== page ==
First Things, Last Things

First Things, Last Things

by Eric Hoffer
     
 

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Eric Hoffer—one of America's most important thinkers and the author of The True Believer—begins with a macro view on the progress of civilization, ending with his crucible vision on the unique and transformative aspects of mankind.

Overview

Eric Hoffer—one of America's most important thinkers and the author of The True Believer—begins with a macro view on the progress of civilization, ending with his crucible vision on the unique and transformative aspects of mankind.

Product Details

ISBN-13:
9781933435275
Publisher:
Hopewell Publications, LLC
Publication date:
10/24/2008
Pages:
92
Sales rank:
1,170,177
Product dimensions:
5.90(w) x 8.80(h) x 0.40(d)

Meet the Author

Former migratory worker and longshoreman, Eric Hoffer burst on the scene in 1951 with his irreplaceable tome, The True Believer, and assured his place among the most important thinkers of the twentieth century. Nine books later, Hoffer remains a vital figure with his cogent insights to the nature of mass movements and the essence of humankind.
Of his early life, Hoffer has written: “I had no schooling. I was practically blind up to the age of fifteen. When my eyesight came back, I was seized with an enormous hunger for the printed word. I read indiscriminately everything within reach—English and German.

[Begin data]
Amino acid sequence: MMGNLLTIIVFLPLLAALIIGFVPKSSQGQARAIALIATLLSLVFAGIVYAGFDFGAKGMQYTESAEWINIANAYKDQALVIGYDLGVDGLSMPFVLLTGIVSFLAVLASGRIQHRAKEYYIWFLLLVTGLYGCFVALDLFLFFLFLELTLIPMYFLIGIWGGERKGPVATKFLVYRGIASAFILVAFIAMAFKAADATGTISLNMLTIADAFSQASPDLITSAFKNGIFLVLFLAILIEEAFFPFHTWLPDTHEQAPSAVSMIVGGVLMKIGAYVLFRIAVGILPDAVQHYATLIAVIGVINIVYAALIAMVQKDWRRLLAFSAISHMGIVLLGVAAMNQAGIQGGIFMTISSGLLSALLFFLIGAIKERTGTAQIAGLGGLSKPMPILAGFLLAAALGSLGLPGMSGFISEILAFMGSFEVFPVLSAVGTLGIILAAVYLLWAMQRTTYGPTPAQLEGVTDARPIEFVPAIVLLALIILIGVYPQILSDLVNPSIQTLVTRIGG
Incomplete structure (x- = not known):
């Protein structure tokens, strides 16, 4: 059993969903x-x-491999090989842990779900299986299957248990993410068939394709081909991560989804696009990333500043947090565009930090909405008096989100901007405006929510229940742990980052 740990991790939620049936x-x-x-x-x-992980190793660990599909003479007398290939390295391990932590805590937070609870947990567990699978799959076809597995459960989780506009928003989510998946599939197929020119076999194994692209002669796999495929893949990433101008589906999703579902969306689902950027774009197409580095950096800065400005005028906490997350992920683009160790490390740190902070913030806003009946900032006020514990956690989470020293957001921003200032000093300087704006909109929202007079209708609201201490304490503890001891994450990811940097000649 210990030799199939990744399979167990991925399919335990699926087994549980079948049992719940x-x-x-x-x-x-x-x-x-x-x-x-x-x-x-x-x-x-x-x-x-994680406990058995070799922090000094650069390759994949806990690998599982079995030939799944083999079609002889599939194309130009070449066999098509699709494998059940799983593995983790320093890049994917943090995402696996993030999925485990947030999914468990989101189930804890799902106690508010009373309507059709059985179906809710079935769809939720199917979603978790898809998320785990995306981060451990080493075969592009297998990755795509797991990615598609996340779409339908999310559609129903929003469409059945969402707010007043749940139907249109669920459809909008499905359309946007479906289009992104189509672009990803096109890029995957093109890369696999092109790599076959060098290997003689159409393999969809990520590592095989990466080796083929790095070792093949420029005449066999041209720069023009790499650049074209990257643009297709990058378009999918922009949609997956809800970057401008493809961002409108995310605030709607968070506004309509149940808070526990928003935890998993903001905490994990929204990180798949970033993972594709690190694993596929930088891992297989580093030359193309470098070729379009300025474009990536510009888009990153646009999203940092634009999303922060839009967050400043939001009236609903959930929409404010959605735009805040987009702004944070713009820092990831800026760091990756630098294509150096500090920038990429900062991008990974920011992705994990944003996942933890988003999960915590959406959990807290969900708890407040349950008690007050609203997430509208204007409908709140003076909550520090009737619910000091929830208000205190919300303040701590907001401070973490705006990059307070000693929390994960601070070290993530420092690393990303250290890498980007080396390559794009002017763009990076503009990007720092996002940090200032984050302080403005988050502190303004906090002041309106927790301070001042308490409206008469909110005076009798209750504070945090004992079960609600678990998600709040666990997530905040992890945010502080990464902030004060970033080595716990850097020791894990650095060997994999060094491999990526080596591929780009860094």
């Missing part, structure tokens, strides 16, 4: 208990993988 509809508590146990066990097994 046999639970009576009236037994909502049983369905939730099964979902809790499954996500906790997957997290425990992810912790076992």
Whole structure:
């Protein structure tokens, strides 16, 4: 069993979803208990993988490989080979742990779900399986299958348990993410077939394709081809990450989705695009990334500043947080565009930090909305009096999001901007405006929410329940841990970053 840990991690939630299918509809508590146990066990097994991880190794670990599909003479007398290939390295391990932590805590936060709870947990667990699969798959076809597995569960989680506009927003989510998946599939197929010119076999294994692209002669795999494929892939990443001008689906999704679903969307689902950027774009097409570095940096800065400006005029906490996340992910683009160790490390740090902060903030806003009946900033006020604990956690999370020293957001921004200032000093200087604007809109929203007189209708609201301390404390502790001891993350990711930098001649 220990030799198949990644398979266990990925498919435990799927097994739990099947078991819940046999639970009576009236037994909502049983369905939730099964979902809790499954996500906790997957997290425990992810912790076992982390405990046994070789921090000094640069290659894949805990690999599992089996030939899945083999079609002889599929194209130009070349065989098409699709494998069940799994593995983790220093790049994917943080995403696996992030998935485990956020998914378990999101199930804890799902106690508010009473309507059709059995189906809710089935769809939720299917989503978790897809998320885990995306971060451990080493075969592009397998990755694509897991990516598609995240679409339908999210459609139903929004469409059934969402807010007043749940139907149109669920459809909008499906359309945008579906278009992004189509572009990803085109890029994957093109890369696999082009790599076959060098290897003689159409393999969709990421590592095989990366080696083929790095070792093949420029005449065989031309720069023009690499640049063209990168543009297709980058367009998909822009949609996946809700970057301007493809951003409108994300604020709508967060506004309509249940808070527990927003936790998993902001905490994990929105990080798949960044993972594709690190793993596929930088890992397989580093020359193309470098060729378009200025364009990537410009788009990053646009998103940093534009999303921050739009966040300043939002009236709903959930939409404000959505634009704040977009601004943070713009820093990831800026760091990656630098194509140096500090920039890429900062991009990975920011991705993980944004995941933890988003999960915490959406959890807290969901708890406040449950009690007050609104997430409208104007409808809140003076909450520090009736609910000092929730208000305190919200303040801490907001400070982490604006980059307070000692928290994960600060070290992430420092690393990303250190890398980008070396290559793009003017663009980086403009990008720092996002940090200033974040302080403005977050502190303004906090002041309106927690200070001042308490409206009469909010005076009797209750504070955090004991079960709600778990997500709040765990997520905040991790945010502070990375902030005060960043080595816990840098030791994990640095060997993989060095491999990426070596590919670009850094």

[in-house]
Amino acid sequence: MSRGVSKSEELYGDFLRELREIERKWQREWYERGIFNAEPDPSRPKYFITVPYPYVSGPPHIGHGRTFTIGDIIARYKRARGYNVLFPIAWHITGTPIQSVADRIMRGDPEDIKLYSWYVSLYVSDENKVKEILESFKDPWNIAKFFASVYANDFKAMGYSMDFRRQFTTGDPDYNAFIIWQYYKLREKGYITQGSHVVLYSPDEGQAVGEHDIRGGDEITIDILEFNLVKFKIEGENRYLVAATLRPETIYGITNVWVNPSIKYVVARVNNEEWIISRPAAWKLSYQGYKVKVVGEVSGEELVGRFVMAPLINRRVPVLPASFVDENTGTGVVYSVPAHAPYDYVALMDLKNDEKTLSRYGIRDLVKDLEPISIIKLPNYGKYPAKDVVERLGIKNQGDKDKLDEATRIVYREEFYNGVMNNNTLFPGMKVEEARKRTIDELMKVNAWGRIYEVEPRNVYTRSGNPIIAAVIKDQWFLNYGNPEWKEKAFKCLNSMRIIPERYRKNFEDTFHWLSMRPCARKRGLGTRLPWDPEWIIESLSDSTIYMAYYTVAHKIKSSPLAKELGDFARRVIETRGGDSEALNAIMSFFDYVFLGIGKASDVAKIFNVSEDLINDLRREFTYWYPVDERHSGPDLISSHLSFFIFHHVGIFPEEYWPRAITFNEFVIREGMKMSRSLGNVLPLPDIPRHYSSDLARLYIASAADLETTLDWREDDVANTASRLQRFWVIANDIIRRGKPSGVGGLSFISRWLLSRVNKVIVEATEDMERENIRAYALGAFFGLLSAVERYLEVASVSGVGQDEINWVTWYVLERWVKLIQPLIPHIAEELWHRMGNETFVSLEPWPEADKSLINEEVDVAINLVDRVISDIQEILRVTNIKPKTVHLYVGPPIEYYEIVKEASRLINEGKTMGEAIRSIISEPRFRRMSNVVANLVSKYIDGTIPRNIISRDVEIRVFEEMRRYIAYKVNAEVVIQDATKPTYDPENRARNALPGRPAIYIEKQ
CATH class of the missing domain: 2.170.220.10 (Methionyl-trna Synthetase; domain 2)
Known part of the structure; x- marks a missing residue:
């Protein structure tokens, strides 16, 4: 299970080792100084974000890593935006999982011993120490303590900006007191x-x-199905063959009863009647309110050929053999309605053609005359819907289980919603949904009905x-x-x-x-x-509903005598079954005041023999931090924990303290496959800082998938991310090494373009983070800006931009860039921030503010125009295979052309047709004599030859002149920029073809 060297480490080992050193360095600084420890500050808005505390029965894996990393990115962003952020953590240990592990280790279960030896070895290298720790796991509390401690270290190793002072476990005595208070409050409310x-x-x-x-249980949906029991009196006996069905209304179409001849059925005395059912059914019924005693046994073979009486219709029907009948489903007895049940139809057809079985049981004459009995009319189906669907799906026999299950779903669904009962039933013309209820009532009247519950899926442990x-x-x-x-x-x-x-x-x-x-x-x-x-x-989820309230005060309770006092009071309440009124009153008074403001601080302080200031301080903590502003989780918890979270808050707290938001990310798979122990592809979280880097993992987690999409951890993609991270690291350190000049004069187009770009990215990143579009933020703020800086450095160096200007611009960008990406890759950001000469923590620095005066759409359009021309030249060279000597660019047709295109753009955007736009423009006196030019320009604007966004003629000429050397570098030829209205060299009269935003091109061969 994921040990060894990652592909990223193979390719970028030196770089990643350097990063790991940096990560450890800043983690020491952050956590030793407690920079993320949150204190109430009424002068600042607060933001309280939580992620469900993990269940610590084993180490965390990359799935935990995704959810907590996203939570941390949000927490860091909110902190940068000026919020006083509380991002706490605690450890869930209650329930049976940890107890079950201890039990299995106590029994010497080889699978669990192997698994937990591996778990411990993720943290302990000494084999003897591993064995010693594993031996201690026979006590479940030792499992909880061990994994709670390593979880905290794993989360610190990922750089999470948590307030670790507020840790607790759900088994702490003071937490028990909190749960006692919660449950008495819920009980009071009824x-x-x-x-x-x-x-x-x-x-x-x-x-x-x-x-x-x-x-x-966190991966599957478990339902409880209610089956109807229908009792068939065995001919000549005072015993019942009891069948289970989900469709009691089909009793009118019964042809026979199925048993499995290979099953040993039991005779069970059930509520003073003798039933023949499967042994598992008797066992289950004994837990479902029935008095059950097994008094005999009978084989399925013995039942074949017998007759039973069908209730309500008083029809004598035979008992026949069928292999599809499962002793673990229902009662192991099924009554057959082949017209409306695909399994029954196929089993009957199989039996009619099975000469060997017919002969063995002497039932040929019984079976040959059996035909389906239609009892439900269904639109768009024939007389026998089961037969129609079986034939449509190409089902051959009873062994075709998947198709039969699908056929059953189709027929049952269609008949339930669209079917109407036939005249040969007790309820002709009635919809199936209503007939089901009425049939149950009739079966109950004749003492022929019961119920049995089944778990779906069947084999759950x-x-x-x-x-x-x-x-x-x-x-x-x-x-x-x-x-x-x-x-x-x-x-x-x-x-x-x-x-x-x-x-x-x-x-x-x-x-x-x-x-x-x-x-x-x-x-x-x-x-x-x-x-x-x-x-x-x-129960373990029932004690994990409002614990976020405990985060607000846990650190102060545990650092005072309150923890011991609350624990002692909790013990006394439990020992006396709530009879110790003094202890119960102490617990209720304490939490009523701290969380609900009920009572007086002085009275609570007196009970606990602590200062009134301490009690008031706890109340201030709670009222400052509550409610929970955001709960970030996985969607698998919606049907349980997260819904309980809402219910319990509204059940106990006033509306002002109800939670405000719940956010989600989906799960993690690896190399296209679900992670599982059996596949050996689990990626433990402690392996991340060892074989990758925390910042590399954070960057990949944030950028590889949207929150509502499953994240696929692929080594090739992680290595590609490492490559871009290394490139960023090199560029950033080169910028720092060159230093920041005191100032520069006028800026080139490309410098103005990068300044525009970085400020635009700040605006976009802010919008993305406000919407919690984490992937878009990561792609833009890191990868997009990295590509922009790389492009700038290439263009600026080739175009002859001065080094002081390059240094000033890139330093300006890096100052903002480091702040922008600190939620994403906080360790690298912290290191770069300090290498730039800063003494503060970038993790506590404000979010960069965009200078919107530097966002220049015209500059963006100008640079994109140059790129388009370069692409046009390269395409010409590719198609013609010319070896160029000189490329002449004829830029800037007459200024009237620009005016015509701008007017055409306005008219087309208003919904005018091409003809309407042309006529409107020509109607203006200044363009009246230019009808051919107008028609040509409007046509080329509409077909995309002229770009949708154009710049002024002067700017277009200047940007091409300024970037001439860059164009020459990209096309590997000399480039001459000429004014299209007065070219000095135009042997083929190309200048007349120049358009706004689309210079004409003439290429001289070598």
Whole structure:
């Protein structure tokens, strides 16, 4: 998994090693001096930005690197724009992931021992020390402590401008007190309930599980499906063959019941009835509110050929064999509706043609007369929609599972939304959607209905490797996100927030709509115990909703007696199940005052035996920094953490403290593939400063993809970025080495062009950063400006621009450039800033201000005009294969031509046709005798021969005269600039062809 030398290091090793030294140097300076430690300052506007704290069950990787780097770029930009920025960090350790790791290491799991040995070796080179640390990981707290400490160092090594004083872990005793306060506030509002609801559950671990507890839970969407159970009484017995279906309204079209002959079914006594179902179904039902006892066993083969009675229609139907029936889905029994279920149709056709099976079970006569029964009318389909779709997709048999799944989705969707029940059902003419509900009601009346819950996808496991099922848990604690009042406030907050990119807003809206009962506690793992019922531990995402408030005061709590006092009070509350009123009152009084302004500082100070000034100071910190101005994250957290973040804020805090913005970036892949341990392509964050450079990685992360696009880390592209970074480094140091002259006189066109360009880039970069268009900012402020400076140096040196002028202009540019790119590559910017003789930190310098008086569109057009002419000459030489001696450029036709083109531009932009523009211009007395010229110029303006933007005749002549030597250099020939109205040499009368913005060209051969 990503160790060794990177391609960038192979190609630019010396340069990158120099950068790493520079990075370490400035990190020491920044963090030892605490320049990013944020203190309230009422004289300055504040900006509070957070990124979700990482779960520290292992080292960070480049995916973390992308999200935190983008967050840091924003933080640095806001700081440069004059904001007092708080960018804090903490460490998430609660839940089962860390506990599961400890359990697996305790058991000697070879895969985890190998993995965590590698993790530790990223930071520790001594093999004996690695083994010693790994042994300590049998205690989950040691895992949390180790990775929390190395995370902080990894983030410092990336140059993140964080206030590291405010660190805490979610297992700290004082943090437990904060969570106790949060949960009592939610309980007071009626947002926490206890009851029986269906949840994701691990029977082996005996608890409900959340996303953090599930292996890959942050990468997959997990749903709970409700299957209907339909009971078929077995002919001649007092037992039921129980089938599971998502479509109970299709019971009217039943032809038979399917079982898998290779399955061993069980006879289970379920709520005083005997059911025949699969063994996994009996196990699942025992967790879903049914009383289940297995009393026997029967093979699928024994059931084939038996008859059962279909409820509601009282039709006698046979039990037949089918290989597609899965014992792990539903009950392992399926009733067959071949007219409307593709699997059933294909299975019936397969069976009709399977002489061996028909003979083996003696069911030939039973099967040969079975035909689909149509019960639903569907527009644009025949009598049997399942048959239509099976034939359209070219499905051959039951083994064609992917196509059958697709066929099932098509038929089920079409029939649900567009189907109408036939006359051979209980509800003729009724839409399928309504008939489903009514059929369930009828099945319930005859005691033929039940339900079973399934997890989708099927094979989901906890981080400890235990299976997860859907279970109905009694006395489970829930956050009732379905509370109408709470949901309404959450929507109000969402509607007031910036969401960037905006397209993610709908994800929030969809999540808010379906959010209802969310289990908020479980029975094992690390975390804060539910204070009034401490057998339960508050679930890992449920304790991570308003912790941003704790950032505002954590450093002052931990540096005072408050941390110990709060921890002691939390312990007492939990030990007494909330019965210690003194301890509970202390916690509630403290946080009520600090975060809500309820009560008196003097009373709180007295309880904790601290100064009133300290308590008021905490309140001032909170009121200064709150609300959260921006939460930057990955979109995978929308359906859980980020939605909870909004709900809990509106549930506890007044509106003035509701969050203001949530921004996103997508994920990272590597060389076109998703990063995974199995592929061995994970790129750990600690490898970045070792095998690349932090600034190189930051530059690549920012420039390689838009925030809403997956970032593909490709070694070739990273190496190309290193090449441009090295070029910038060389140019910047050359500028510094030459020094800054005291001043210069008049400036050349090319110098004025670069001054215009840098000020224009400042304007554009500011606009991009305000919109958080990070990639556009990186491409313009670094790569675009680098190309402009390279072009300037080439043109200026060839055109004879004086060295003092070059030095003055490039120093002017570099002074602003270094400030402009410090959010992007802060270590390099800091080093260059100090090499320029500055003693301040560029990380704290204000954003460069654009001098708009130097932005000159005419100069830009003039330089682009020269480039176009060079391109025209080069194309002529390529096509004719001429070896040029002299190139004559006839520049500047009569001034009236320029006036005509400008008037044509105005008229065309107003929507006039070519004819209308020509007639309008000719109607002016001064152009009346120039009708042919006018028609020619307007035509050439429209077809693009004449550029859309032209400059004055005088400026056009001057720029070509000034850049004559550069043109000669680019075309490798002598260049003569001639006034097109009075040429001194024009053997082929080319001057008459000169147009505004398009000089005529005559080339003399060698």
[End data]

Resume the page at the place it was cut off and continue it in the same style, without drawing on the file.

“When my father (a cabinetmaker) died, I realized that I would have to fend for myself. I knew several things: One, that I didn’t want to work in a factory; two, that I couldn’t stand being dependent on the good graces of a boss; three, that I was going to stay poor; four, that I had to get out of New York. Logic told me that California was the poor man’s country.”
Through ten years as a migratory worker and as a gold-miner around Nevada City, Hoffer labored hard but continued to read and write during the years of the Great Depression. The Okies and the Arkies were the “new pioneers,” and Hoffer was one of them. He had library cards in a dozen towns along the railroad, and when he could afford it, he took a room near a library for concentrated thinking and writing.
In 1943, Hoffer chose the longshoreman’s life and settled in California. Eventually, he worked three days each week and spent one day as “research professor” at the University of California in Berkeley. In 1964, he was the subject of twelve half-hour programs on national television. He was awarded the Presidential Medal of Freedom in 1983.

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